There was one problem: the reported exchange between Bernall and her killer may never have happened. Students who were within earshot of the event disputed the account. One survivor claimed that she, not Bernall, had been the one questioned by the shooter. Those who made grand claims for Bernall started backpedaling. Some suggested that the story was important whatever the facts behind it. Elizabeth Castelli, who recounts this history in Martyrdom and Memory, points out that this latter rationalization was an odd one to come from Christians who also adhere to biblical literalism; they would never say the truth behind a biblical story is what counts, whether or not the event happened. Stories like Bernall's suggest some of the reasons to hesitate when confronted with claims to martyrdom.
It's not Byassee's intent to deny Bernall's martyrdom, or to dismiss martyrdom in general, but to unsettle people from their preconceptions. Indeed, his article is a very serious consideration of martyrdom, drawing largely on the non-violent Anabaptist tradition (particularly Mennonites.) But it is permeated with questioning, and challenges to certainty. For example:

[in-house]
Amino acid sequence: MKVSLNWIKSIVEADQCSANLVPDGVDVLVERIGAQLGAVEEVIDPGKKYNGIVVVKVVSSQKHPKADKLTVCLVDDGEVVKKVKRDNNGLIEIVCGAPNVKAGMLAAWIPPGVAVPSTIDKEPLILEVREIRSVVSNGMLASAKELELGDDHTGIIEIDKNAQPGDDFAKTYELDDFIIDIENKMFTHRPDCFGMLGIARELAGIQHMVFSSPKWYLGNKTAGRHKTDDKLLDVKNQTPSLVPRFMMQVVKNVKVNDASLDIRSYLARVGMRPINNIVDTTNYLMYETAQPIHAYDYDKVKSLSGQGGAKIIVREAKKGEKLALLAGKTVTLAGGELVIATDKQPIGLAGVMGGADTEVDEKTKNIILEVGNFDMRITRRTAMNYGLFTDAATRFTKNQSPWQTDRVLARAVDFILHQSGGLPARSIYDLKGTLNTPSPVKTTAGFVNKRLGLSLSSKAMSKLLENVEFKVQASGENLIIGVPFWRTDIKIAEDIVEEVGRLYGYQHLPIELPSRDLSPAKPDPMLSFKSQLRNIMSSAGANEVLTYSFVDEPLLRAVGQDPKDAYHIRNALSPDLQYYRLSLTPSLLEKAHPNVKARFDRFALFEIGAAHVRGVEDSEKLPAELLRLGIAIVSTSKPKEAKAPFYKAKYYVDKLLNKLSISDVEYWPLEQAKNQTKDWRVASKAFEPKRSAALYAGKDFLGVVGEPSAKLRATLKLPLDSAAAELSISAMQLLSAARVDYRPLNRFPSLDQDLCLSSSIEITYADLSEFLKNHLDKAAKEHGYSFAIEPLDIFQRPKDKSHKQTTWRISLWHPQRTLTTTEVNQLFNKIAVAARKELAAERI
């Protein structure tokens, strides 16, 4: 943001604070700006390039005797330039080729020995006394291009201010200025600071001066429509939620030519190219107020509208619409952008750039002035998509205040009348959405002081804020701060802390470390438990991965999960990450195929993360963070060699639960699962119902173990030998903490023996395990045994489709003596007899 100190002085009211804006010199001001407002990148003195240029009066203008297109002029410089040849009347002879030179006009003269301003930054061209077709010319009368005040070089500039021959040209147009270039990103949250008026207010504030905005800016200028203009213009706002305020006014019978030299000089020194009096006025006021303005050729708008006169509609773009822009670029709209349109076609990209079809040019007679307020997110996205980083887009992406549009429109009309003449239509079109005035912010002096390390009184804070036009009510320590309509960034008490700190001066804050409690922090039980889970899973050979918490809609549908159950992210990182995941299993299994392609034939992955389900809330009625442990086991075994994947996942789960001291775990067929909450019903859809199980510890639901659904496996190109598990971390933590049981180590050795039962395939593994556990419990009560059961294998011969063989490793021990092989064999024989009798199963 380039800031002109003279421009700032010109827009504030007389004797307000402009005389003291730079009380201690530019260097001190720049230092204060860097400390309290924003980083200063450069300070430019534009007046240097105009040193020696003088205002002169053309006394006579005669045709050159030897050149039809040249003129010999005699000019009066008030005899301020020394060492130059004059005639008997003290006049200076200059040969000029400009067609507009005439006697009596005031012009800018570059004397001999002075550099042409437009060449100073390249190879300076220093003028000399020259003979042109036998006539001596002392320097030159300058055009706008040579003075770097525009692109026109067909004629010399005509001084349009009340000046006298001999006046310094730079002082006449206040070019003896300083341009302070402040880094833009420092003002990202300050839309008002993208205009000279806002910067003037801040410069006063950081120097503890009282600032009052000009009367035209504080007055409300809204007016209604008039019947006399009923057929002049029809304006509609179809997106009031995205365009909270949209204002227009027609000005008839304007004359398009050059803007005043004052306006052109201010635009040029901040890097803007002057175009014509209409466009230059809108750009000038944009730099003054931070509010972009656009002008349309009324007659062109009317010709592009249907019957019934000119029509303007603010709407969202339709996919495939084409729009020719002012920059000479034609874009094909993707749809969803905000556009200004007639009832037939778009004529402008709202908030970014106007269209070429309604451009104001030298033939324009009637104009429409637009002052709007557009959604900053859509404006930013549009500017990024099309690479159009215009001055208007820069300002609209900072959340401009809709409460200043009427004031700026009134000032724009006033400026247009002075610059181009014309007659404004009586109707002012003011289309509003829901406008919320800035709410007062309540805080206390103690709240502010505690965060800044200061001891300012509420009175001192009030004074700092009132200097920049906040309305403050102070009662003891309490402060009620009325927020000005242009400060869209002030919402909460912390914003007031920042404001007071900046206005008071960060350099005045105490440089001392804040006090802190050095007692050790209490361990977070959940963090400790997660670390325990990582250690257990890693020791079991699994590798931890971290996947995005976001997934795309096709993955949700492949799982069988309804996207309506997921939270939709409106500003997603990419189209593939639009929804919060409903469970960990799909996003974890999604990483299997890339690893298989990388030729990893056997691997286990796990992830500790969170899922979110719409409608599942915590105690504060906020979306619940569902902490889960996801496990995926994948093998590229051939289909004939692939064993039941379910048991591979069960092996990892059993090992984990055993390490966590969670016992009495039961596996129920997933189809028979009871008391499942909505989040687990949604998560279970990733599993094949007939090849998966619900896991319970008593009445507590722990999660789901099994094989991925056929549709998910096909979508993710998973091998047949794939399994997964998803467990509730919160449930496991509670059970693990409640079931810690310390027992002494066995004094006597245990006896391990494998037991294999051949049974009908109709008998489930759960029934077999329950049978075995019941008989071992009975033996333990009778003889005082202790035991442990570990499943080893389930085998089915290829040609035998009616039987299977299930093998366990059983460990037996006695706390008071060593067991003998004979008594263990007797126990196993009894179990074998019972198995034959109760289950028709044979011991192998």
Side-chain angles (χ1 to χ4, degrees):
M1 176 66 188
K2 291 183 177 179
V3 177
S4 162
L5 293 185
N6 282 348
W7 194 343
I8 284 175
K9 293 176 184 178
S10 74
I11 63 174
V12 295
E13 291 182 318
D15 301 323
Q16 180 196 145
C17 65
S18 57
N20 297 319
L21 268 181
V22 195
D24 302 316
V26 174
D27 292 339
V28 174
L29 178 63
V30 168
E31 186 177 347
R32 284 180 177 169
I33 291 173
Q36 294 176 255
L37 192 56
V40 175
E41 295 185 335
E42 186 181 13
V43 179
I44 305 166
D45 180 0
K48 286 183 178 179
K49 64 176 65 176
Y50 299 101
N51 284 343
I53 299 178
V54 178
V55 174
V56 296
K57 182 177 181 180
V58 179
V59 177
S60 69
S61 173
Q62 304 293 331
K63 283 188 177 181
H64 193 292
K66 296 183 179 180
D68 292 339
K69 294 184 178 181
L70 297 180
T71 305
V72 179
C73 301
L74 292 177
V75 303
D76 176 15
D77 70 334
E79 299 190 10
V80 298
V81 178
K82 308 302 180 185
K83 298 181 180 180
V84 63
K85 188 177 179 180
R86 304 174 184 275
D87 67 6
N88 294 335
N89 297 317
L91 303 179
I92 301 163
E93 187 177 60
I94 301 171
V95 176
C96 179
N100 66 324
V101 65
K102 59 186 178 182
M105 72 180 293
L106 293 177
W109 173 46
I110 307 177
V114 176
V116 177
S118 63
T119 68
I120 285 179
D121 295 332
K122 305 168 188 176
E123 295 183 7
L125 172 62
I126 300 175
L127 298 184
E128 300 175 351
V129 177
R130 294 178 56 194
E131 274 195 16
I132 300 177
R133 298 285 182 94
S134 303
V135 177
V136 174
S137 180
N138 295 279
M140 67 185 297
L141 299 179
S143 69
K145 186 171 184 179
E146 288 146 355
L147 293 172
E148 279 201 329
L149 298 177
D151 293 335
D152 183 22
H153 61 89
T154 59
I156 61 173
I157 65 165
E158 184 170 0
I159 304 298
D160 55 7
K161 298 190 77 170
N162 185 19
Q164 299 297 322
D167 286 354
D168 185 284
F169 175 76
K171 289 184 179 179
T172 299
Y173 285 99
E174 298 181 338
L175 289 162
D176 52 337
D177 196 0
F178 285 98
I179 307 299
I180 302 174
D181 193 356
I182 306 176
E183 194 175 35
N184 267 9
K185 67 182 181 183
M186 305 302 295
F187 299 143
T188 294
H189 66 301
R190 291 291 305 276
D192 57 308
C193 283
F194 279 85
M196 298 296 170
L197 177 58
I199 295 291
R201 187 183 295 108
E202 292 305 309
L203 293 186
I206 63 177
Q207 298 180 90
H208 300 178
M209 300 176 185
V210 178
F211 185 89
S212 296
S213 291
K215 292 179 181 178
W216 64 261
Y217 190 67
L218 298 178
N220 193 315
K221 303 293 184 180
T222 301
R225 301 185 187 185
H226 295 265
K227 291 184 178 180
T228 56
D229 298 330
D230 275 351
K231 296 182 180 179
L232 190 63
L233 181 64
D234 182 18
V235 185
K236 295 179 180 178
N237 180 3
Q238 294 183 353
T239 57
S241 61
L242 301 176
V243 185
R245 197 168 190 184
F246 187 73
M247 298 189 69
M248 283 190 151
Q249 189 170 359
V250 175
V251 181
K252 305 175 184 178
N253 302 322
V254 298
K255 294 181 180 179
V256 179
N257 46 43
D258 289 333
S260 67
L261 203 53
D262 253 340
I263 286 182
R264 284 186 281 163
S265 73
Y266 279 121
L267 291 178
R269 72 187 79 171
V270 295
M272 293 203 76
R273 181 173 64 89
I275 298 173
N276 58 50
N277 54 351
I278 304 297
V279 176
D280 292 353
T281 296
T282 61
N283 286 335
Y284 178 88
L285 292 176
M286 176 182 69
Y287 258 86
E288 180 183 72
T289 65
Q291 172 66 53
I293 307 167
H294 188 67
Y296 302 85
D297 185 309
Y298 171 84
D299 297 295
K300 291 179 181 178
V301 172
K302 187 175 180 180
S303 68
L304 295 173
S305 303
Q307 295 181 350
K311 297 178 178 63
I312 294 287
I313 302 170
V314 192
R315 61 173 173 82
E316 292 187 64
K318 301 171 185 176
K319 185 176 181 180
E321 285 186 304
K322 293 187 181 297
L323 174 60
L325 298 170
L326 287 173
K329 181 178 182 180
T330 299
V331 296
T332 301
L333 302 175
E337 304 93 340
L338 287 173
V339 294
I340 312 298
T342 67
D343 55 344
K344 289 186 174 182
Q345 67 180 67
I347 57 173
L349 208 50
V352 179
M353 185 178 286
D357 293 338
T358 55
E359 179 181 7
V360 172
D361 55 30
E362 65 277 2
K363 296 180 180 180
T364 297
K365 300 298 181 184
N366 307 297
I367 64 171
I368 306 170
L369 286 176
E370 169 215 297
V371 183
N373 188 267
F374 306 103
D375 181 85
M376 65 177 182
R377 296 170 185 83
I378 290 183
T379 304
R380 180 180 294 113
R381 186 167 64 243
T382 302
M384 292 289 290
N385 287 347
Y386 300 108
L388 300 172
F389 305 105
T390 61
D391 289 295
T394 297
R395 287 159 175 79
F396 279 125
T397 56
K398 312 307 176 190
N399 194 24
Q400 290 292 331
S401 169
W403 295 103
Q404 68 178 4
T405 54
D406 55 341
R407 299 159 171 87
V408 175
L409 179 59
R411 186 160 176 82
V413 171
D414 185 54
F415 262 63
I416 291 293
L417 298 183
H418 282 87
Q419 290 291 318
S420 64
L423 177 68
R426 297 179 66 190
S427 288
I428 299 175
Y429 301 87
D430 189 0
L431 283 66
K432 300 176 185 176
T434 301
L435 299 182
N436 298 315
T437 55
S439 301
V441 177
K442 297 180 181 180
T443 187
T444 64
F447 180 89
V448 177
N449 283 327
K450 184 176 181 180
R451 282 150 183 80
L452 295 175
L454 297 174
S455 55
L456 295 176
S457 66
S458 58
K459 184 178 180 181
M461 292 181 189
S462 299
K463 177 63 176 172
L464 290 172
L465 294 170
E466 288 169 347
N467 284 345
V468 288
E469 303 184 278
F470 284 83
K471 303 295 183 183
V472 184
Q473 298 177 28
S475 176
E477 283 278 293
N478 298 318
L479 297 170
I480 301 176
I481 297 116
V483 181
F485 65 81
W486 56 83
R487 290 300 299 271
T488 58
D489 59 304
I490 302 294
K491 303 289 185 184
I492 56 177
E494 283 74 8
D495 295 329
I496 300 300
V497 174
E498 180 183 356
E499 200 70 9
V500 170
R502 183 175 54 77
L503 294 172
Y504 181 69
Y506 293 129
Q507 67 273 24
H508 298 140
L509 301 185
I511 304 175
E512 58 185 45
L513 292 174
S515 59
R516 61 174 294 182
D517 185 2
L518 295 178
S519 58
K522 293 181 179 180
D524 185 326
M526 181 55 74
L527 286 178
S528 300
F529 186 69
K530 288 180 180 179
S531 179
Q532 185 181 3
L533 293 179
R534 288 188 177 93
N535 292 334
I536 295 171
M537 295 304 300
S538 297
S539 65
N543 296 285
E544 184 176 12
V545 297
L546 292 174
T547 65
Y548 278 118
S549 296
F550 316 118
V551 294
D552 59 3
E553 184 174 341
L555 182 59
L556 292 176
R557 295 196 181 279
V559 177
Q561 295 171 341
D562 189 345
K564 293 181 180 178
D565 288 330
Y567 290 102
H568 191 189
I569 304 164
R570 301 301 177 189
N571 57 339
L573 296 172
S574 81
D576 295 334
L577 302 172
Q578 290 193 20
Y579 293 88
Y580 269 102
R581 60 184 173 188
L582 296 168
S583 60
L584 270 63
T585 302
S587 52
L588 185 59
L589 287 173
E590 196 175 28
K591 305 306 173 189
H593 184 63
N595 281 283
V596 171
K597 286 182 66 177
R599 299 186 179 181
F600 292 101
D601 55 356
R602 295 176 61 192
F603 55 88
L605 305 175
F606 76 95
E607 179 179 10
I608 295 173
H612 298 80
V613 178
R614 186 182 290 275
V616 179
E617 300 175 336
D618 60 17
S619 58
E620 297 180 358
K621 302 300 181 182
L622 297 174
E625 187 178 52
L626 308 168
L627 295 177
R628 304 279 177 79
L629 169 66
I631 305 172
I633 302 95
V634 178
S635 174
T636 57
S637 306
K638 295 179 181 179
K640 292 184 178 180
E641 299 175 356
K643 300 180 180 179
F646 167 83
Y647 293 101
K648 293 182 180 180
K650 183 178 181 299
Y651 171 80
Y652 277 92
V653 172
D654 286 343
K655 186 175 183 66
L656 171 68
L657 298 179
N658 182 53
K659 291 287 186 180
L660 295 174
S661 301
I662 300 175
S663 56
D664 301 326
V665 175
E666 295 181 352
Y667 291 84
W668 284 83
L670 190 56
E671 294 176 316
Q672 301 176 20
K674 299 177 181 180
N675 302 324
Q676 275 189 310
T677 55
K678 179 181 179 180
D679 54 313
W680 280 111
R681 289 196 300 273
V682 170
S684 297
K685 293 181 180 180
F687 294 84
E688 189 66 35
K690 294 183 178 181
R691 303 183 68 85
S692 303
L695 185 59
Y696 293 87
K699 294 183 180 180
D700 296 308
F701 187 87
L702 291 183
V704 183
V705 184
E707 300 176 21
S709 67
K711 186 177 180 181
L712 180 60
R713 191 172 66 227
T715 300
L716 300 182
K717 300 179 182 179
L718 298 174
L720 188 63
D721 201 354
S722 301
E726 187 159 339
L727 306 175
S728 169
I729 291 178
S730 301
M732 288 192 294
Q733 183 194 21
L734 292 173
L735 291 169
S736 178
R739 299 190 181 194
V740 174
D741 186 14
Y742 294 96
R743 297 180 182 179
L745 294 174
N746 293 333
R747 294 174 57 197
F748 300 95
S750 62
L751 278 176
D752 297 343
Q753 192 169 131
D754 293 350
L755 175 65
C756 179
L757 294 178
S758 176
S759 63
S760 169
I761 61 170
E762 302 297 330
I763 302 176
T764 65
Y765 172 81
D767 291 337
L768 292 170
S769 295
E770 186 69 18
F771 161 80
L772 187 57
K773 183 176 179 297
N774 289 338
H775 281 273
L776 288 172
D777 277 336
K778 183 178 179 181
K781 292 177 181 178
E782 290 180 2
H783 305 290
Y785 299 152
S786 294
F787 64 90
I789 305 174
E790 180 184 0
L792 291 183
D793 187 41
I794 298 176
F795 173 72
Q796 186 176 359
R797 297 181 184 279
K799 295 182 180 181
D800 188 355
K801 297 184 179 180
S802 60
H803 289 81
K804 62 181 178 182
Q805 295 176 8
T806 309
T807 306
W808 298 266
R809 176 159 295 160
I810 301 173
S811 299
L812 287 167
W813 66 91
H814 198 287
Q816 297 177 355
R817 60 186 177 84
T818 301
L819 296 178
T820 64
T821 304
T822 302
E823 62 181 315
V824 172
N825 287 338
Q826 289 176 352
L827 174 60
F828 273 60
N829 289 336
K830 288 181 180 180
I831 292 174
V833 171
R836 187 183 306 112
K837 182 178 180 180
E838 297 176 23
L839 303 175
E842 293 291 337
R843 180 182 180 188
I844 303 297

In To Share in the Body: A Theology of Martyrdom for Today's Church (Brazos), Craig Hovey, a Mennonite theologian trained at Fuller and Cambridge, argues that Christianity is a training for martyrdom. Martyrdom is not a tragic mistake, nor is it a historical relic from a bygone age. It is "a gift of God to the church." Christians cannot and should not hope for martyrdom, but they must be prepared for it.
Hovey argues against any utilitarian reading of the martyrs. Martyrdom makes no argument. Martyrs should not be used to argue that someone else's religion is bad or that some other country deserves retribution. In the New Testament "martyrs do not die because they fight for what is right, but precisely because they refuse to fight for what is true."
Of course, the evangelical practice of using martyrs is what got me writing this diary in the first place. And it's the deeper meaning of the phrase "False Martyrs" that heads this section. The Anabaptists cited in this article point in a very different direction:
Chris Huebner, another Mennonite theologian (he teaches at Canadian Mennonite University), argues in A Precarious Peace (Herald) that the ambiguity that surrounds claims to martyrdom is all to the good. The truth about martyrs is always something a community must pursue, without claiming to capture or possess it. In fact, arguing about martyrdom is part of the church's growth in holiness. Martyrdom is a "work of memory"--no one can declare herself a martyr, only the community can. "The very designation of martyrdom is a fragile and tenuous one, existing ... between the twin extremes of suicide and victimhood." Huebner grants to Elizabeth Castelli the point that remembrances of martyrs are always constructs, never able securely to capture truth.
The attitude here is strikingly different from the smug self-certainty of the evangelicals, which Byassee does not comment on directly.